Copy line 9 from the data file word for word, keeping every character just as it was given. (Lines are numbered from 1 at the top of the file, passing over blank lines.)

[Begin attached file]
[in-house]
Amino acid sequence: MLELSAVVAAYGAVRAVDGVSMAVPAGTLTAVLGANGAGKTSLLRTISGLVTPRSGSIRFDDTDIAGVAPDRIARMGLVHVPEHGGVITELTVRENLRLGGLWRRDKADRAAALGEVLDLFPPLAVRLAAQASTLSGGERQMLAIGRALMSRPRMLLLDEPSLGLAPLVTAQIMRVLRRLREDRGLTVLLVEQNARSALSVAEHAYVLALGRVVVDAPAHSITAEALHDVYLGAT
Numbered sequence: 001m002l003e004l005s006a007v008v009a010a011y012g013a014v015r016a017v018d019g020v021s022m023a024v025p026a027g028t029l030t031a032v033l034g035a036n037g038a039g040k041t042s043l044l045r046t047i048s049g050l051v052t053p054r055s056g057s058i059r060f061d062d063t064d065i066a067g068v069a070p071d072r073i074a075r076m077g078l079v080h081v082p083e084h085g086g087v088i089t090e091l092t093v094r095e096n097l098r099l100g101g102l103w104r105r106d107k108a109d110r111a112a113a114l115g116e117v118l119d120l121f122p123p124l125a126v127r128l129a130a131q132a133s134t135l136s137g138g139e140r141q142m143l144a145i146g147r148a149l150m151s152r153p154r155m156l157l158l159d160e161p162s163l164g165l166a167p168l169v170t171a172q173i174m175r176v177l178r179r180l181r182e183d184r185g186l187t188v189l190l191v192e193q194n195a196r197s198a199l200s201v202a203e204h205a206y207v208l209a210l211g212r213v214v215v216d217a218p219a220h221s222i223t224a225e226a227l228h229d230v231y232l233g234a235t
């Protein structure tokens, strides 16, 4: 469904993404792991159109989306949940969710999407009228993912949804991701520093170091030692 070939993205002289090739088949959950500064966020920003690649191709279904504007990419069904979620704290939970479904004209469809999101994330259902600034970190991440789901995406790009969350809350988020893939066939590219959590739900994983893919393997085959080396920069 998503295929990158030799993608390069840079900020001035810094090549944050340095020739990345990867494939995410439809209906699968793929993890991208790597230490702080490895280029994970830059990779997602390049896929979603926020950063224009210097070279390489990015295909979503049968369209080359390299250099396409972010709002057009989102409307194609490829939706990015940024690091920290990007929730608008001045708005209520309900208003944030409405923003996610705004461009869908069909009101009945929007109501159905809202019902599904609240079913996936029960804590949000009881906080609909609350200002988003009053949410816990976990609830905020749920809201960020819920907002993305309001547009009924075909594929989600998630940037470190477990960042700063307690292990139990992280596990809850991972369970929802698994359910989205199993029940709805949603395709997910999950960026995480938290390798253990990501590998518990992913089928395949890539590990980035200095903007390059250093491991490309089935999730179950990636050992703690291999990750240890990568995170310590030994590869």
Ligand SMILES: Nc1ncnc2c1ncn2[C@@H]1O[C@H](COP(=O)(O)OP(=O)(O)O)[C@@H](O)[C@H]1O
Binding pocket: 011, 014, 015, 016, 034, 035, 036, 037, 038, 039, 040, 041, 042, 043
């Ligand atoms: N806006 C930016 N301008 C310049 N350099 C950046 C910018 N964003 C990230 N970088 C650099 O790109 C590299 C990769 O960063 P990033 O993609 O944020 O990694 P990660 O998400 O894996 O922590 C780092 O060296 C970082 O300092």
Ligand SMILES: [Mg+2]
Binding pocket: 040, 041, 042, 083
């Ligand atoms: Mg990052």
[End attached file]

Binding pocket: 040, 041, 042, 083